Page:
Oral History Interview with Vivian Kara
Caucasian female, born in Florin, California on May 31, 1913 0 to farming pioneers. Vivian lived among many Japanese American families and attended school with Nisei children. She does not feel there was racism among Caucasians and Japanese. Even when schools were segregated children continued their inter-racial friendships and activities out of school. There were no inter-racial marriages until after WWII when Americans brought home foreign war brides. During evacuation and internment, her father was a director of the Florin Fruit Growers Association which oversaw Japanese farms. She was among those who visited farms to check on them. She also helped families store their possessions in one or two rooms of their homes. Vivian also drove families to the train depot to see them off to camps. She maintained friendships with many Nisei families when they returned to the area. She attended events such as the funeral of Henry Taketa and identified and talked to many of the Nisei attendees, including Congressman Robert Matsui.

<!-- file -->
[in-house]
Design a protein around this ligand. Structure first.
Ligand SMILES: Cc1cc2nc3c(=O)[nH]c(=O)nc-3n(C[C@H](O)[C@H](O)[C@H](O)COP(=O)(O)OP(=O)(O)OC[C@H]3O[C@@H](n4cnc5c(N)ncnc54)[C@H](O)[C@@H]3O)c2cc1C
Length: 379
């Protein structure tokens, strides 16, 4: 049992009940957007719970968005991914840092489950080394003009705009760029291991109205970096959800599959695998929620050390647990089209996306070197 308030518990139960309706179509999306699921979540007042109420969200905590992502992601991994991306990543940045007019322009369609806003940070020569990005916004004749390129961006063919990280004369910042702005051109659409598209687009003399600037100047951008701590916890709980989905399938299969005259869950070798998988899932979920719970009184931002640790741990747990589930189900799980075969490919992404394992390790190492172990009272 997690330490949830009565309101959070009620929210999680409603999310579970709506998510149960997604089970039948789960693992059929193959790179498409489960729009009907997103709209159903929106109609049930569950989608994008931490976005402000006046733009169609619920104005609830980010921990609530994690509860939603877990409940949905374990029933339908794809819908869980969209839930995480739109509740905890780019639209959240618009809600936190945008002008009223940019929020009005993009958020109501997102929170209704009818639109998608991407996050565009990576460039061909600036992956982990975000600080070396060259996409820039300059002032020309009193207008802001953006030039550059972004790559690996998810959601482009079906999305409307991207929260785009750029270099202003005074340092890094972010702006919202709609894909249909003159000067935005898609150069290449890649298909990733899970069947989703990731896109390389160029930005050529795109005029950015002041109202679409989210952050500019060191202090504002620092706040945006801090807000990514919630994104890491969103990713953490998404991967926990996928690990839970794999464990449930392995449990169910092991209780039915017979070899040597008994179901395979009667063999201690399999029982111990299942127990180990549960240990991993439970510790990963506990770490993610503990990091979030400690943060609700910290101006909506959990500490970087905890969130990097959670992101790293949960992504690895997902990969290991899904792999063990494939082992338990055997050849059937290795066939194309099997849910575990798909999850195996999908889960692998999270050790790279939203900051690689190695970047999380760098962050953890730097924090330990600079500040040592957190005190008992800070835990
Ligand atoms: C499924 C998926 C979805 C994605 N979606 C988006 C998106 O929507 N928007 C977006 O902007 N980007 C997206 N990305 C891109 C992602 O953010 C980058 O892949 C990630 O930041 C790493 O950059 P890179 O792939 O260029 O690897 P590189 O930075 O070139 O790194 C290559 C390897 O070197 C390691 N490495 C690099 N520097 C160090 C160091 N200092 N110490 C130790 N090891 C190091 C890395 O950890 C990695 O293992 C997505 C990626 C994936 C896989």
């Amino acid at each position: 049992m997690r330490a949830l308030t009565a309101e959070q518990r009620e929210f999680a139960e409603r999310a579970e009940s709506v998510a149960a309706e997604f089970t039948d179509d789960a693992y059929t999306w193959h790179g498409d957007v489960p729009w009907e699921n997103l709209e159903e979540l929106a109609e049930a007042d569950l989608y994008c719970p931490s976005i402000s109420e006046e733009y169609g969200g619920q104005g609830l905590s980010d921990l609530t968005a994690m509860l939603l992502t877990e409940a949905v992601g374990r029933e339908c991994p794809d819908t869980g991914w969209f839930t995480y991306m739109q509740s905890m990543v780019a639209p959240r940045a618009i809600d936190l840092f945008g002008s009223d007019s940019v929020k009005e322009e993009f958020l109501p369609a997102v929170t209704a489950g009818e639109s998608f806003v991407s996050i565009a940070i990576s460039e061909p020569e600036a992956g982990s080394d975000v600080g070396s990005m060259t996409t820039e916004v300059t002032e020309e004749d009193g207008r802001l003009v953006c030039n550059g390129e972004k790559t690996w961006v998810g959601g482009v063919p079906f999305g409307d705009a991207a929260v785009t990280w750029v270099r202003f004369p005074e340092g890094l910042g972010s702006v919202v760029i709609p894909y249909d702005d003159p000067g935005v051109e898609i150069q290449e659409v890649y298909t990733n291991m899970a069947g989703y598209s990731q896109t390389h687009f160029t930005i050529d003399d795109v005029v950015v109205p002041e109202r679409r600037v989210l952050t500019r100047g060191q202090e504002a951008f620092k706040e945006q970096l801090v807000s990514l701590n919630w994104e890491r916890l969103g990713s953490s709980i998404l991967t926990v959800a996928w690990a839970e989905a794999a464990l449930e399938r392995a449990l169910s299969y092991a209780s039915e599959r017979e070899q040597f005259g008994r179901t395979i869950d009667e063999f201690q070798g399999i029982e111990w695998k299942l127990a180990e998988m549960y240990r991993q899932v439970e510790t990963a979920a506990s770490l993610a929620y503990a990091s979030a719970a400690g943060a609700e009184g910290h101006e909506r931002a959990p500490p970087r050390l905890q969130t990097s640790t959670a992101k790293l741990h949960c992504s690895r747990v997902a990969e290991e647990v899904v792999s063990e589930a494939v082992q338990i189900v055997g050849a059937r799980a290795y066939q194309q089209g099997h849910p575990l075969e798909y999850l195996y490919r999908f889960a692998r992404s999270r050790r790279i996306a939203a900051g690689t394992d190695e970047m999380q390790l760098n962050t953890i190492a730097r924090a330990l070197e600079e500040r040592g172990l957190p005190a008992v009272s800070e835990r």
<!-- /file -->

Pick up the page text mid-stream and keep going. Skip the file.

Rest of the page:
Transcript available at California State University, Sacramento University Library
1 Tape of 1
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